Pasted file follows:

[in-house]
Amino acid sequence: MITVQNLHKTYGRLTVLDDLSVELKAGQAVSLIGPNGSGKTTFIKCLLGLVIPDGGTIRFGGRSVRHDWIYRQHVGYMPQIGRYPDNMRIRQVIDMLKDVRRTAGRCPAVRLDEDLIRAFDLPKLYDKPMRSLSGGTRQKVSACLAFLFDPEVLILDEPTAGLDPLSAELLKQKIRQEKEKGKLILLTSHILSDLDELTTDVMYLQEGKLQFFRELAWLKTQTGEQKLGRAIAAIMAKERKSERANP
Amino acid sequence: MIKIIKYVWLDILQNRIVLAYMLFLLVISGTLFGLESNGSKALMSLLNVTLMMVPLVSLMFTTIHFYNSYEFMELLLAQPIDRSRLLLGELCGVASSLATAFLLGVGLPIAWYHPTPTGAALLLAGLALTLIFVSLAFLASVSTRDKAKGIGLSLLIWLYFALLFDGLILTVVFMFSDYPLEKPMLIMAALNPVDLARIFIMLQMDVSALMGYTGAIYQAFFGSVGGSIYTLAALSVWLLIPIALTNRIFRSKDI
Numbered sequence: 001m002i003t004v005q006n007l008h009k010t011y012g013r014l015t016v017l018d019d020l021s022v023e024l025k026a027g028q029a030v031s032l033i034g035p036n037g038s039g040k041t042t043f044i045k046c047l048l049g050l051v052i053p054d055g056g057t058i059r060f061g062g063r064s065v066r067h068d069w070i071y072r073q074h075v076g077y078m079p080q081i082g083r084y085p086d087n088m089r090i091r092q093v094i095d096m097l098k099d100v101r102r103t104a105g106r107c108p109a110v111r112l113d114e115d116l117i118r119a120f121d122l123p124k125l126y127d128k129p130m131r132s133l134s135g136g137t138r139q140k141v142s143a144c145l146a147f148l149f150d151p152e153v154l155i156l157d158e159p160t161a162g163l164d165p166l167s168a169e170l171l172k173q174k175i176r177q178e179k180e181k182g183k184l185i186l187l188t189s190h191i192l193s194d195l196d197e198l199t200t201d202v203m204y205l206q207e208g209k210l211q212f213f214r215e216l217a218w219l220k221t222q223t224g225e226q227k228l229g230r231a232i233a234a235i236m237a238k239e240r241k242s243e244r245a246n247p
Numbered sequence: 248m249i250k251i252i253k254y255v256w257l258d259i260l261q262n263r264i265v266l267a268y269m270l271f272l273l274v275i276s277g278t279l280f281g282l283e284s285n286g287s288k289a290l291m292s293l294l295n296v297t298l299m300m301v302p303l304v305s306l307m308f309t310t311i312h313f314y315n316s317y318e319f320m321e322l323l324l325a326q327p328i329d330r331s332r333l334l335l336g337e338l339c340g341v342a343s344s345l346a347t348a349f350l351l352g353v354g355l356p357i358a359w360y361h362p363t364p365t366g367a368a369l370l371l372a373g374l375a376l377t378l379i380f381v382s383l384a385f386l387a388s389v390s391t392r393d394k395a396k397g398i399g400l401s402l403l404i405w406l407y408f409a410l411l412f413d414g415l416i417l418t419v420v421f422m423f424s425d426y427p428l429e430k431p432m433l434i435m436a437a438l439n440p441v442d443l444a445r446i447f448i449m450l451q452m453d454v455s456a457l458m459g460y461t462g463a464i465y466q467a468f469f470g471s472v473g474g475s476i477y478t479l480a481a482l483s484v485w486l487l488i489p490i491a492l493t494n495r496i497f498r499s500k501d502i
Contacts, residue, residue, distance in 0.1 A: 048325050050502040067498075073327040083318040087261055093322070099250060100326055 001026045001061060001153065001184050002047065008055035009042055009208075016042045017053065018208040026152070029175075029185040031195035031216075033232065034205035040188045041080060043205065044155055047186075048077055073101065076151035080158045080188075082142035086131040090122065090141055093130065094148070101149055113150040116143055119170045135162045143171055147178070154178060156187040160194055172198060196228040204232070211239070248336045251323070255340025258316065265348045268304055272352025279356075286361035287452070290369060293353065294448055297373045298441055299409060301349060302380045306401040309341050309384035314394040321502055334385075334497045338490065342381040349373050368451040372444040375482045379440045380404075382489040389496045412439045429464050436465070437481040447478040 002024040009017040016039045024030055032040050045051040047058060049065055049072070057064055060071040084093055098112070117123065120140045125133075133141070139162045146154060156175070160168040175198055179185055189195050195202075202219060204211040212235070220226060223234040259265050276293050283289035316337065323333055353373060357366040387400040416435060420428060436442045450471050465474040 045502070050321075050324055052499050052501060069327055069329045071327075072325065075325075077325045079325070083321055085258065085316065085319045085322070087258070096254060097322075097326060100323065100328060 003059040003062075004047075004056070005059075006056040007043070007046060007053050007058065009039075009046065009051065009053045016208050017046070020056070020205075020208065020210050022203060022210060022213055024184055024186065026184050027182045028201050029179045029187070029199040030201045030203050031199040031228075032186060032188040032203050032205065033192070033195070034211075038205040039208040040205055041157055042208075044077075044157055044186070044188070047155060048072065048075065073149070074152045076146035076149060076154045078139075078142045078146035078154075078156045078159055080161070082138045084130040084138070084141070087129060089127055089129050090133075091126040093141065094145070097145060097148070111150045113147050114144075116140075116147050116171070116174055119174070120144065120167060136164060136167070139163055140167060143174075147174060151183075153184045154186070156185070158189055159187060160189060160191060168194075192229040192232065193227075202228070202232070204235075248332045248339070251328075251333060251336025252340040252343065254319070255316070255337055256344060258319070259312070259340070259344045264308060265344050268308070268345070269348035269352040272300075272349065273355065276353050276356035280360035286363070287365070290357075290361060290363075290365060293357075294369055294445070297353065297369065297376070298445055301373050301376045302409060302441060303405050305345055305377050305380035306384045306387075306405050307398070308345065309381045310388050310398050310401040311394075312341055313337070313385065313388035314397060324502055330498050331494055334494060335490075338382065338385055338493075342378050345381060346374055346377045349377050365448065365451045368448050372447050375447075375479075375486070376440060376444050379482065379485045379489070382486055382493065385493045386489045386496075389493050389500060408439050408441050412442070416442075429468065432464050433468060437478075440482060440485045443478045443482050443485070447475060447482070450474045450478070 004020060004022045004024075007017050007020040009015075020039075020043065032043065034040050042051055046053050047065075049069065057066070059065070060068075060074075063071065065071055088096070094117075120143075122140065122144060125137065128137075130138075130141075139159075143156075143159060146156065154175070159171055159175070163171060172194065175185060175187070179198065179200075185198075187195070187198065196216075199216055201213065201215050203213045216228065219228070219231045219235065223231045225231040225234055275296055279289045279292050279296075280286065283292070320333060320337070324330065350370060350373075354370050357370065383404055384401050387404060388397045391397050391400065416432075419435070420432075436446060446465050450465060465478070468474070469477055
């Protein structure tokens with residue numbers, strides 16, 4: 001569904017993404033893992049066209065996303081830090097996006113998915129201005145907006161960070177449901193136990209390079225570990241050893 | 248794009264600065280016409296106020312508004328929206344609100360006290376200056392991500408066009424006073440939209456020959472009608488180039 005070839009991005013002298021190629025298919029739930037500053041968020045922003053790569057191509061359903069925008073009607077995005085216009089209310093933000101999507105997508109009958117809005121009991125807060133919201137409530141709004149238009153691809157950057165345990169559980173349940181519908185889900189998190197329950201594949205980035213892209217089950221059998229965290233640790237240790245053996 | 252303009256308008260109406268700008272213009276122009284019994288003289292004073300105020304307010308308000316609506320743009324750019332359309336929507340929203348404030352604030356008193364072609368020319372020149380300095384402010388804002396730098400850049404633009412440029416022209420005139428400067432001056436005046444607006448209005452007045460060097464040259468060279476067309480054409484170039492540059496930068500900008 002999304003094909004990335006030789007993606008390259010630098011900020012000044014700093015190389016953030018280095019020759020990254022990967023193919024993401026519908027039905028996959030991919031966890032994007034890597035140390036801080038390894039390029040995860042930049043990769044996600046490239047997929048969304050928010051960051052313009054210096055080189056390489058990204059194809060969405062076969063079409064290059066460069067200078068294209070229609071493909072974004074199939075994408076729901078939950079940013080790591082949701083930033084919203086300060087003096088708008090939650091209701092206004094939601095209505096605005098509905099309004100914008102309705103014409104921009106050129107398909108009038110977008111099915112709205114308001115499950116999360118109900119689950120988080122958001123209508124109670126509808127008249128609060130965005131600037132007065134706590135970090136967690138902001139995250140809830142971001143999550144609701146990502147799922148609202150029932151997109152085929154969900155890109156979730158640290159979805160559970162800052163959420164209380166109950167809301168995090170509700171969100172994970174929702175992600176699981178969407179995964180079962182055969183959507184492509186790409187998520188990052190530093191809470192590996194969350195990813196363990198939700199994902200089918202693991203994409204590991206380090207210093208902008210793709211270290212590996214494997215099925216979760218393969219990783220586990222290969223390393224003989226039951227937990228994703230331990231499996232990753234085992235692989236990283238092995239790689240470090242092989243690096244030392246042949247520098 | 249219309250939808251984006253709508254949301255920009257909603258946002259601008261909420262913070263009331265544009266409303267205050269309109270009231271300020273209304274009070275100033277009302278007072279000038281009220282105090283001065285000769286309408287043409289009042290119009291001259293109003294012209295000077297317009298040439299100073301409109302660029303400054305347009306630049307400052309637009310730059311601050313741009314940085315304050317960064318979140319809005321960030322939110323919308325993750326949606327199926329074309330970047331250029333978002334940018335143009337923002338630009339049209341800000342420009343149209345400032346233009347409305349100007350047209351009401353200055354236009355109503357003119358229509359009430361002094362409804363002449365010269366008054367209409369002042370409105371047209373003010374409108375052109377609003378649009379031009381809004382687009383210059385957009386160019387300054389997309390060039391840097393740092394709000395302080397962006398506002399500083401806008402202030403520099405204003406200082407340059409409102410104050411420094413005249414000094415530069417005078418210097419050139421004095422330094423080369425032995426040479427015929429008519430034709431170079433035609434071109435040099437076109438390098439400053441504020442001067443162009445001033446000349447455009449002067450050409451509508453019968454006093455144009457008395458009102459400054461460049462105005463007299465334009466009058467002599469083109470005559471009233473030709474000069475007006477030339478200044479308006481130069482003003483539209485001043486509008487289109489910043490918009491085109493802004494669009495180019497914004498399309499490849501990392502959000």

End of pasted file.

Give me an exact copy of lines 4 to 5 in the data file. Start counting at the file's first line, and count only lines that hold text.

Numbered sequence: 001m002i003t004v005q006n007l008h009k010t011y012g013r014l015t016v017l018d019d020l021s022v023e024l025k026a027g028q029a030v031s032l033i034g035p036n037g038s039g040k041t042t043f044i045k046c047l048l049g050l051v052i053p054d055g056g057t058i059r060f061g062g063r064s065v066r067h068d069w070i071y072r073q074h075v076g077y078m079p080q081i082g083r084y085p086d087n088m089r090i091r092q093v094i095d096m097l098k099d100v101r102r103t104a105g106r107c108p109a110v111r112l113d114e115d116l117i118r119a120f121d122l123p124k125l126y127d128k129p130m131r132s133l134s135g136g137t138r139q140k141v142s143a144c145l146a147f148l149f150d151p152e153v154l155i156l157d158e159p160t161a162g163l164d165p166l167s168a169e170l171l172k173q174k175i176r177q178e179k180e181k182g183k184l185i186l187l188t189s190h191i192l193s194d195l196d197e198l199t200t201d202v203m204y205l206q207e208g209k210l211q212f213f214r215e216l217a218w219l220k221t222q223t224g225e226q227k228l229g230r231a232i233a234a235i236m237a238k239e240r241k242s243e244r245a246n247p
Numbered sequence: 248m249i250k251i252i253k254y255v256w257l258d259i260l261q262n263r264i265v266l267a268y269m270l271f272l273l274v275i276s277g278t279l280f281g282l283e284s285n286g287s288k289a290l291m292s293l294l295n296v297t298l299m300m301v302p303l304v305s306l307m308f309t310t311i312h313f314y315n316s317y318e319f320m321e322l323l324l325a326q327p328i329d330r331s332r333l334l335l336g337e338l339c340g341v342a343s344s345l346a347t348a349f350l351l352g353v354g355l356p357i358a359w360y361h362p363t364p365t366g367a368a369l370l371l372a373g374l375a376l377t378l379i380f381v382s383l384a385f386l387a388s389v390s391t392r393d394k395a396k397g398i399g400l401s402l403l404i405w406l407y408f409a410l411l412f413d414g415l416i417l418t419v420v421f422m423f424s425d426y427p428l429e430k431p432m433l434i435m436a437a438l439n440p441v442d443l444a445r446i447f448i449m450l451q452m453d454v455s456a457l458m459g460y461t462g463a464i465y466q467a468f469f470g471s472v473g474g475s476i477y478t479l480a481a482l483s484v485w486l487l488i489p490i491a492l493t494n495r496i497f498r499s500k501d502i